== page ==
1 February 2010

Extract from 'Imprisoned in the Global Classroom', Ivan Illich & Etienne Verne, 1976

'...Once the graduates of teachers' colleges were given a public monopoly to decide what constitutes good education, they had to use it to disqualify learning which happened outside their control. Schools became the only legitimate recipients for public funds destined for education. Inevitably learning was translated into 'education', and this in turn became a commodity which could be obtained only from accredited schools. The guarantee of a minimum education was translated into obligation to attend a minimum number of years. Soon dropouts, forced into the nether world destined for the so-called a-social, would be denied jobs. But the guarantee does not only work against him who does not use it. The monopoly of schools over education made education into an intangible commodity. It turned the result of learning into an invisible software, which is guaranteed by the code number on the certificate. Those pupils who obtain only the legal minimum find out that they wasted their time in school: what they acquired is devalued on the market because others have more or a newer program'.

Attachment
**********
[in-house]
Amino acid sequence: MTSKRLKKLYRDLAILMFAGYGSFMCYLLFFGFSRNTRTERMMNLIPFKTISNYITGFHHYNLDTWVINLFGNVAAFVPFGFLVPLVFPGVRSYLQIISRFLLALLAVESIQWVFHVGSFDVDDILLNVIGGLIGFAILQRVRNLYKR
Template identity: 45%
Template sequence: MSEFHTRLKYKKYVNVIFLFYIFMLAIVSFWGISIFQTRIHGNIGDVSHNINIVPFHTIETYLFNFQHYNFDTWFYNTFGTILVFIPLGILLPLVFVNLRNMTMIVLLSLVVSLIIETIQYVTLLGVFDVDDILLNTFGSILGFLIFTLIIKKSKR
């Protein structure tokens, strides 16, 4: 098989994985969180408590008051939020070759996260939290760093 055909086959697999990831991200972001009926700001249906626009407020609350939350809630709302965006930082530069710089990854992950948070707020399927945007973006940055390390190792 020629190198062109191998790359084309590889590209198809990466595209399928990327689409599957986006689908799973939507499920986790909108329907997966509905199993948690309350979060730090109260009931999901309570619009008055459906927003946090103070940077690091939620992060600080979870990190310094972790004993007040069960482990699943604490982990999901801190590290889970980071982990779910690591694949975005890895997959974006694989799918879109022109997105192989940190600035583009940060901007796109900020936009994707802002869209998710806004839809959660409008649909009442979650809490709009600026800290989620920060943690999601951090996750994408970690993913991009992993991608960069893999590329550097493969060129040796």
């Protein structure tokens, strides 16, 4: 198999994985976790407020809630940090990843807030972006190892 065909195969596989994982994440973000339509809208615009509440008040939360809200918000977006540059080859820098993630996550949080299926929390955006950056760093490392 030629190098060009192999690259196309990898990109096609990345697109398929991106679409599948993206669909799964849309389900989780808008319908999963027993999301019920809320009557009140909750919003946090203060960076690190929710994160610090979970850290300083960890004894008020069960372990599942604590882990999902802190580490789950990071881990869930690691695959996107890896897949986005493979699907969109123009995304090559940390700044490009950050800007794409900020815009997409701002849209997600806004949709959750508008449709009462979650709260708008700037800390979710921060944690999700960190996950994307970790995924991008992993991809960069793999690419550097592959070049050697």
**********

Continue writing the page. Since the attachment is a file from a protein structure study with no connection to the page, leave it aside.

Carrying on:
'Schools were not originally created with the intent of creating an industrial complex for the production of knowledge; they were meant to give everybody a chance to learn. But they became a form of compulsory insurance of every child's future productivity. The governments of the world all established the monopoly of a profession, giving them the right to decide how much of their expert treatment each citizen should get...'


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